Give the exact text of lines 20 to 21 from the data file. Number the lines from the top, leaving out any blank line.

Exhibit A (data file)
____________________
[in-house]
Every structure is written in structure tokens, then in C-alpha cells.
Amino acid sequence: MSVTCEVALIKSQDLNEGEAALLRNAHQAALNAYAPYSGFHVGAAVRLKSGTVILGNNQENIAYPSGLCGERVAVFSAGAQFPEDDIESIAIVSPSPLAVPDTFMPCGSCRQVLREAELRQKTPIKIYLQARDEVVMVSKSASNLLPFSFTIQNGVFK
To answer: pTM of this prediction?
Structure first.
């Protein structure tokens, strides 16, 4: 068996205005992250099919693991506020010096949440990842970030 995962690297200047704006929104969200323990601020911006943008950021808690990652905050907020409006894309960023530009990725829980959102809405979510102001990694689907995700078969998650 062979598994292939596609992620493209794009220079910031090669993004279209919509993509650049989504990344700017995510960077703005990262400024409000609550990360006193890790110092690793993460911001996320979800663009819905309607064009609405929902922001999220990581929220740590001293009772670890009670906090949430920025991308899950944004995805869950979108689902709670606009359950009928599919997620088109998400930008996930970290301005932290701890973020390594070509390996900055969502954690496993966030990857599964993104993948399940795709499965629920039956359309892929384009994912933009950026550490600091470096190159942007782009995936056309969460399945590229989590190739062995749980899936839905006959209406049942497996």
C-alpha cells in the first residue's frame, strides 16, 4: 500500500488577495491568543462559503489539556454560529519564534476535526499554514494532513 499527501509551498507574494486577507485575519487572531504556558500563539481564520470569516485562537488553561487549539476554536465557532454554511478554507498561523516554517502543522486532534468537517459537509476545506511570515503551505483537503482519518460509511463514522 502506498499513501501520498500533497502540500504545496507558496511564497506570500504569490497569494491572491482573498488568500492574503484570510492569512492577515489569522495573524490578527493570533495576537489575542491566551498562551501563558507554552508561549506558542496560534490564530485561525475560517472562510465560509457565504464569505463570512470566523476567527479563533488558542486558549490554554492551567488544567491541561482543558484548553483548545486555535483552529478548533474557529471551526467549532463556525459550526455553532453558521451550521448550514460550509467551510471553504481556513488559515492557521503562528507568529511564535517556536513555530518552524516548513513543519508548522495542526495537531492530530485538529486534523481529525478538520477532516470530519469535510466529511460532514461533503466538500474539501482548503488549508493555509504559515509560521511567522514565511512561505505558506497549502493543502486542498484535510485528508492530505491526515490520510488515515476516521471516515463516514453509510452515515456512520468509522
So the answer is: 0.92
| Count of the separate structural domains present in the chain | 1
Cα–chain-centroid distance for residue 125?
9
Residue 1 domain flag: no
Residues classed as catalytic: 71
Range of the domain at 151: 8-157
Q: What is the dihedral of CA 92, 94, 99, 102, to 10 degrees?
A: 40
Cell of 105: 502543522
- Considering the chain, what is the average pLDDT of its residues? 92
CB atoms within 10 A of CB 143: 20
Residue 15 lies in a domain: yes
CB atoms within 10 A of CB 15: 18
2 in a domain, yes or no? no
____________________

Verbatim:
Residue 15 lies in a domain: yes
CB atoms within 10 A of CB 15: 18